The Rest Of Life

My videographer recently explained to me the advantages of shooting in a location like Elliott Bay Book Company, which is the site for this month’s interview with memoirist Meghan O’Rourke. Because of the size of the room, we were better able to achieve a compelling “depth of field,” which is when objects behind the subject are far enough away to be out of focus, thereby sharpening the delineation between the subject and the background. The best way to achieve this depth of field, he told me, is with a high-quality lens, which enables the cameraman to position himself further from the subject. At such distances he must tighten his focus on the subject; in so doing, all objects not on that subject’s plane naturally fade into blur.

We do not have this luxury at Third Place Books, the site for most of our interviews. The author and I are sitting in a tight corner of the bookstore surrounded in books. For most of the interview, the author and the books behind him or her are equally in focus – it is only because the author is talking and is in the center of the frame that we know he or she is the subject and not the books. However, when we zoom in for the final question close-up, the books begin to blur. The author has begun to emerge from the background.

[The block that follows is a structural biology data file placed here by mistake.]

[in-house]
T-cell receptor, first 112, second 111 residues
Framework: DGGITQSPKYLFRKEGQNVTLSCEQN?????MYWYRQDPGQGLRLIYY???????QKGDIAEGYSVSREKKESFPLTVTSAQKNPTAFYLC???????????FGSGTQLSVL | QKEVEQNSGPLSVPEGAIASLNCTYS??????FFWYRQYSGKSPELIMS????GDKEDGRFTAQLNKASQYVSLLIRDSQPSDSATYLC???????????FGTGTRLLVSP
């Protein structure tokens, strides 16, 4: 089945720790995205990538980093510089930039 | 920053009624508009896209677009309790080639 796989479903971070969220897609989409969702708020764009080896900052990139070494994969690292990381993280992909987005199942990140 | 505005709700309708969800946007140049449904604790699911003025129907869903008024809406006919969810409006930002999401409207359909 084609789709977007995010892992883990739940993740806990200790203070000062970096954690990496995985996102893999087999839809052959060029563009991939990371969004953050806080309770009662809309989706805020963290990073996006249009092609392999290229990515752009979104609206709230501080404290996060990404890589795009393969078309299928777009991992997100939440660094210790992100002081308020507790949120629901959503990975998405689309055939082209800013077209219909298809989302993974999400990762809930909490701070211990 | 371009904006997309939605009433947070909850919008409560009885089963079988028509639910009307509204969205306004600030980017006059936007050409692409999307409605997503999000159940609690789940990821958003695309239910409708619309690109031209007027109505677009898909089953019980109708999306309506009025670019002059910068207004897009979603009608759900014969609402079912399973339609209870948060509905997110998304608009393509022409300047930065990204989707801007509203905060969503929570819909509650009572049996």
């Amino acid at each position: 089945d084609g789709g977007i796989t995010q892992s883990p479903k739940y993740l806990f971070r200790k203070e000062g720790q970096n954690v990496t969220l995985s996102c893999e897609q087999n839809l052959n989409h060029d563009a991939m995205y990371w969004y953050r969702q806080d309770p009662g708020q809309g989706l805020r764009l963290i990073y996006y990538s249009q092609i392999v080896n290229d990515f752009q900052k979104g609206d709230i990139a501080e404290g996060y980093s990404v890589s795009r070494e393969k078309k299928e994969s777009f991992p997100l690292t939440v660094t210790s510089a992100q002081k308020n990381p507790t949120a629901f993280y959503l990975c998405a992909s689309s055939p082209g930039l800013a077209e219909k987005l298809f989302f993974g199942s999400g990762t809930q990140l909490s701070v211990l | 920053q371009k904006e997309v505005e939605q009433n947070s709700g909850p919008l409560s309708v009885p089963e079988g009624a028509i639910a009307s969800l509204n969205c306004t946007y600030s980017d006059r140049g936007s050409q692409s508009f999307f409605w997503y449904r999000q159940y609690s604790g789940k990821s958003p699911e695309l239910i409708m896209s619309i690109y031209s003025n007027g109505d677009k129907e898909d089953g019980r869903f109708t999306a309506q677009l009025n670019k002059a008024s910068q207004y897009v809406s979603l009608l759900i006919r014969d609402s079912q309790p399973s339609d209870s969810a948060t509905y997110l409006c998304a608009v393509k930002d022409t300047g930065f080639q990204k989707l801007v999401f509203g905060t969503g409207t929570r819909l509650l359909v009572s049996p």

The job of the artist is to create depth of field. All the world begins equally in focus. When we write, we stand with the lens of our imagination at a great distance from our subject. As we focus this lens, that which has drawn our attention begins to emerge from the details of the world around it. The artist, the writer, must embrace a necessary dishonesty – that this detail is more important than that detail. Without this trick of focusing, there could be no stories, there would only be the ocean of equal details that would drown the human mind.

We require such limitations to get about in the world. We ourselves are a limitation, a focusing of energy into that which we call “I”. I have bristled against this limitation in my life, railing against its dull confines one moment, preening over my uniquely fortunate form the next. I forget in such moments that, like my stories, I am intended to be transparent, a narrow aperture through which can be glimpsed the rest of life.

Remember to catch Bill every Tuesday at 2:00 PM PST/5:00 EST on his live Blogtalk Radio program Author2Author!

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